What Happens when Surgical Sponges are Left Behind?

Surgeons often use sponges to keep body parts in place during an operation or to help suck up blood so that they can see what they are operating on. However, careless staff can neglect to remove a sponge once surgery is completed. This sponge, left behind, can cause problems down the road for patients.

Leaving a surgical sponge behind is considered a medical “never event,” meaning that it should never happen. However, sponges and other implements are left behind more than they should be, and patients might not know that a sponge remains inside until they experience pain, swelling or other problems years later.

Statistics on Implements Left Behind

Live Science published a story of a woman in Japan who went to her doctor to report bloating in her abdomen. A CT Scan revealed two structures in the paracolic gutters, which are spaces between the abdomen and the colon. The woman then had surgery to remove the objects.

What doctors found was startling—2 sponges encased in fibrous shells. The doctors believe that the sponges were inserted during one of the woman’s two c-sections, which she underwent 6 and 9 years prior.

These incidents happen more often than people would think. According to one study, a foreign body is left behind in 1 out of every 5,500 surgeries. Another estimate was 1 in every 18,700 surgeries. However, women who undergo gynecological surgery are at an increased risk of this particular never event, with one study finding that the risk increased 400%.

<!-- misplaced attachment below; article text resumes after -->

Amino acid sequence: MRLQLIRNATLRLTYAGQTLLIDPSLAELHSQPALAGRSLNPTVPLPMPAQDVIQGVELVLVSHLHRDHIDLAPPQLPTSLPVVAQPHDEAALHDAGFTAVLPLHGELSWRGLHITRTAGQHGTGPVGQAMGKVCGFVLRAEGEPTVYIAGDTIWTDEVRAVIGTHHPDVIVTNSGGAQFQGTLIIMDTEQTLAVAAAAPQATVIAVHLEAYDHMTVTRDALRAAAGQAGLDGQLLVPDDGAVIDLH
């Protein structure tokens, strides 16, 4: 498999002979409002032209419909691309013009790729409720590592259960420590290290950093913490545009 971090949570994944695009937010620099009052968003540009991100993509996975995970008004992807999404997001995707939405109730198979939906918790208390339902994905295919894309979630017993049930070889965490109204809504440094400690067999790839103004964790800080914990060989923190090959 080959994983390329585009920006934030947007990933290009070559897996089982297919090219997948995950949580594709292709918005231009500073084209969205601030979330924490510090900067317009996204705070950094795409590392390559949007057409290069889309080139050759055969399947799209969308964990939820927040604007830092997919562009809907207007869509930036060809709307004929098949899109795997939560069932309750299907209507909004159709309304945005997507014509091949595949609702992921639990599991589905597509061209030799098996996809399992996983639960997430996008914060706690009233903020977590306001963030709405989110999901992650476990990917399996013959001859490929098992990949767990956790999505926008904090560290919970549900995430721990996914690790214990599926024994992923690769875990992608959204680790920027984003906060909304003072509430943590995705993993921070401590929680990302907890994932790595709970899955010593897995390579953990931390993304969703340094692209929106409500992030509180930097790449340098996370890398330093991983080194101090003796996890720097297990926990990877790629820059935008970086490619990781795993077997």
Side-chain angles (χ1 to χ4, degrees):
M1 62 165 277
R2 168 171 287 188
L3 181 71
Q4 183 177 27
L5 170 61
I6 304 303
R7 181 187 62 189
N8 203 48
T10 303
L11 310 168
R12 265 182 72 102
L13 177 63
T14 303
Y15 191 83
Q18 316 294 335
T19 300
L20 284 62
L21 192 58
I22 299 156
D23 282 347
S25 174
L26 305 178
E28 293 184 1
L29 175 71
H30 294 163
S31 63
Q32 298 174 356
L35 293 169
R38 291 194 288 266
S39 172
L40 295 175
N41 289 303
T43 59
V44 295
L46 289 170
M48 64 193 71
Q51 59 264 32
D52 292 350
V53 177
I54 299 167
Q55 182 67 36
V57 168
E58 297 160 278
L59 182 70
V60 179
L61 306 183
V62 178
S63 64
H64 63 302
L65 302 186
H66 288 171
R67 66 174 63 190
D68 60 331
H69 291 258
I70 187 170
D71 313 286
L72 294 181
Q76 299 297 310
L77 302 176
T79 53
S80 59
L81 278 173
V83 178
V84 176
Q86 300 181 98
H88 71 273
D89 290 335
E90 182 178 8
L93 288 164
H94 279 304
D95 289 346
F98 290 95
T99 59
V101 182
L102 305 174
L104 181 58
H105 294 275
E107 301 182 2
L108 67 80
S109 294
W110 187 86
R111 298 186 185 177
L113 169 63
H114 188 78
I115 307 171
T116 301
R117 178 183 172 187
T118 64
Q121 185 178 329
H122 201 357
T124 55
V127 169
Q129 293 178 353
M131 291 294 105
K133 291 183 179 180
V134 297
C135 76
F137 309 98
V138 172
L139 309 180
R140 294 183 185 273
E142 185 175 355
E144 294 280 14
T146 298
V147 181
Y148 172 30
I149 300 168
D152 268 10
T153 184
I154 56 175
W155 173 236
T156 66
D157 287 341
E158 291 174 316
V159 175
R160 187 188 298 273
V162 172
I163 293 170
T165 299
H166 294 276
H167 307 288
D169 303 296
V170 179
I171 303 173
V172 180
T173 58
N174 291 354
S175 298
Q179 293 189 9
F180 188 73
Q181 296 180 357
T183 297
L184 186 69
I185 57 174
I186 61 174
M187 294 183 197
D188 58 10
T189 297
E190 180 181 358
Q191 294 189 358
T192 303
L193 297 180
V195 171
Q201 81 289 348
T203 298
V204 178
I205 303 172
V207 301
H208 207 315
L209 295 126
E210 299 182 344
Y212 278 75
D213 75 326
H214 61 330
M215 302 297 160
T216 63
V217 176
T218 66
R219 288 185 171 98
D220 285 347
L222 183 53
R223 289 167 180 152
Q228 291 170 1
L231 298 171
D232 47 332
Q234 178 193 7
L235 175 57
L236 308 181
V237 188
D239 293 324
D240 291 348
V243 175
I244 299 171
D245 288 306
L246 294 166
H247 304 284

Avoiding these Mistakes

Surgeons and nurses can avoid leaving objects inside patients by making sure that they count the number inserted and then count them as they are removed. This counting should be included on any surgical checklist.

However, negligence can lead to mistakes. Whether careless, fatigued, or in a rush, many surgeons neglect to carefully account for all implements that they inserted during surgery. And patients could suffer incredible pain and inconvenience as a result of this medical malpractice. Indeed, a second surgery is required to actually remove whatever was left behind, which carries its own risks and expense.

Speak with a Miami Medical Malpractice Attorney

If surgeons left an implement behind after surgery, we can help. The lawyers at Dolan Dobrinsky Rosenblum Bluestein have sued many hospitals and surgeons for malpractice, including mistakes in the operating room. To meet with one of our lawyers, please call 305-371-2692 or send us a message online.